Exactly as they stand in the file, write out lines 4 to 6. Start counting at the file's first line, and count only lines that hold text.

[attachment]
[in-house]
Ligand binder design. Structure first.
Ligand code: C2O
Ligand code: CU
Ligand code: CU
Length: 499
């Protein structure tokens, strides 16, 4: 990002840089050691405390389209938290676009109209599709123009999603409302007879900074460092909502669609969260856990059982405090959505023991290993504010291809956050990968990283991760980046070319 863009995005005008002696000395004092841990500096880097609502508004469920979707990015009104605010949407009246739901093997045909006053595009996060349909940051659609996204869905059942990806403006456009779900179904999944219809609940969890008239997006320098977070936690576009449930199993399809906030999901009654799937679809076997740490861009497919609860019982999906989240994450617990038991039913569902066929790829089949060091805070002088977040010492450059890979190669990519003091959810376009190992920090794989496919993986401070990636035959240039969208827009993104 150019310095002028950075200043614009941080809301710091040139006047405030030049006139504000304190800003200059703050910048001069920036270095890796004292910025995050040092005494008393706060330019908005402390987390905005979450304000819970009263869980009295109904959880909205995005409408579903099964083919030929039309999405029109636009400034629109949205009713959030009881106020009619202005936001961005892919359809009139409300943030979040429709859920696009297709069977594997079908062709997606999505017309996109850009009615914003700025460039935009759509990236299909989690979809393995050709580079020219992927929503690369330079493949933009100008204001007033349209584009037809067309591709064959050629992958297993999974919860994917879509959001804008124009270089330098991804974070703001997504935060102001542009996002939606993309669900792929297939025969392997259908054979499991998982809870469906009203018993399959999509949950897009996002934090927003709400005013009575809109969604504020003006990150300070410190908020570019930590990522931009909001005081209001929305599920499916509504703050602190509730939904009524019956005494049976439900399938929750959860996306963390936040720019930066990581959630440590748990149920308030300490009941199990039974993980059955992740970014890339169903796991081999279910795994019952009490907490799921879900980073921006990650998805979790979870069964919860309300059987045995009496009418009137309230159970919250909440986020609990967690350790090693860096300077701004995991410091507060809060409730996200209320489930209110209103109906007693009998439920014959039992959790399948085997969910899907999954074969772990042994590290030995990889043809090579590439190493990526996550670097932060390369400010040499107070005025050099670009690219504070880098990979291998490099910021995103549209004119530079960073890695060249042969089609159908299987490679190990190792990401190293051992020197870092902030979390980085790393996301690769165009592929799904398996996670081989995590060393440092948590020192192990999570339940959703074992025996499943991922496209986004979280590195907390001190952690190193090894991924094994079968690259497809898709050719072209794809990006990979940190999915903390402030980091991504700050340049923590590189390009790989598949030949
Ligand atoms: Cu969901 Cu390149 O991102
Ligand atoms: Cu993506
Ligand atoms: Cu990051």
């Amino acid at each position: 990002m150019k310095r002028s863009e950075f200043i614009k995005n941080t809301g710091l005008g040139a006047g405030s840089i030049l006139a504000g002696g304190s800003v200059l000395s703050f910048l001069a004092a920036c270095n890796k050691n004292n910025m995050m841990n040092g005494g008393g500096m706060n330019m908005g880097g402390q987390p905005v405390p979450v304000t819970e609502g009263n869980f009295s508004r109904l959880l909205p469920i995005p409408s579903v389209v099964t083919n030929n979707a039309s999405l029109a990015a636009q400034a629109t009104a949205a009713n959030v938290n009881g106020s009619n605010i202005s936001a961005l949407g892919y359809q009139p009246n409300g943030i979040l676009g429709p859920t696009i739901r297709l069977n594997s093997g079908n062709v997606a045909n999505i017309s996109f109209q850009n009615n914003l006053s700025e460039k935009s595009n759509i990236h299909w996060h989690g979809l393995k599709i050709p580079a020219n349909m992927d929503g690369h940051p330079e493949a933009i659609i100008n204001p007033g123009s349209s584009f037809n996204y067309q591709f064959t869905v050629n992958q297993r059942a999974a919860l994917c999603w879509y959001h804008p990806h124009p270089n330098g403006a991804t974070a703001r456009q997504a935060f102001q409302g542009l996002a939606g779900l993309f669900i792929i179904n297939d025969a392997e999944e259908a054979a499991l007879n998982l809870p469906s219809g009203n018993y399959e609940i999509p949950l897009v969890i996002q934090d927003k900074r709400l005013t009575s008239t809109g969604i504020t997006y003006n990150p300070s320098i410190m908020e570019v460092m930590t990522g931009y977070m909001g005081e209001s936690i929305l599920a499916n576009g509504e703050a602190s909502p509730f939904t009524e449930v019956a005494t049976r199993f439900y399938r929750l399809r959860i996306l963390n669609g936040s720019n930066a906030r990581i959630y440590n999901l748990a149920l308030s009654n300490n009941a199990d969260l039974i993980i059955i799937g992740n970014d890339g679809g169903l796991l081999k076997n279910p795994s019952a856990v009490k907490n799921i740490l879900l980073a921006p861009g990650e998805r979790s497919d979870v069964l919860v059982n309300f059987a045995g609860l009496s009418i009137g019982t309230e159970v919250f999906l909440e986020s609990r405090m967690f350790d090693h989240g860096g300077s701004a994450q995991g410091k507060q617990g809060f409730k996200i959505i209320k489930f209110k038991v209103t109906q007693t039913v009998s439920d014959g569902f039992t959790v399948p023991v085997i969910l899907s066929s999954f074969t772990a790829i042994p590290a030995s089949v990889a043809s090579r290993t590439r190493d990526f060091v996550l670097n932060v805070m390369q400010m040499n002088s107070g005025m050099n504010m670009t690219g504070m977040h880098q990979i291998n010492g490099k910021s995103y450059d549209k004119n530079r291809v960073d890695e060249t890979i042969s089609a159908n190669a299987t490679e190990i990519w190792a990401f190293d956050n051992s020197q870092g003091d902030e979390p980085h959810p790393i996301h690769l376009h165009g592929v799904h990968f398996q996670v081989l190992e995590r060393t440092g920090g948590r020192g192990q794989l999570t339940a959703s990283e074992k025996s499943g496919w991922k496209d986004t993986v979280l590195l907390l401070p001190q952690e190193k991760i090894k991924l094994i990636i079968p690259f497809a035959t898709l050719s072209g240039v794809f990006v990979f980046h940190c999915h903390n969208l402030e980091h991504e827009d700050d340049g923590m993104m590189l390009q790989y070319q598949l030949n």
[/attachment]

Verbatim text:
Ligand code: CU
Ligand code: CU
Length: 499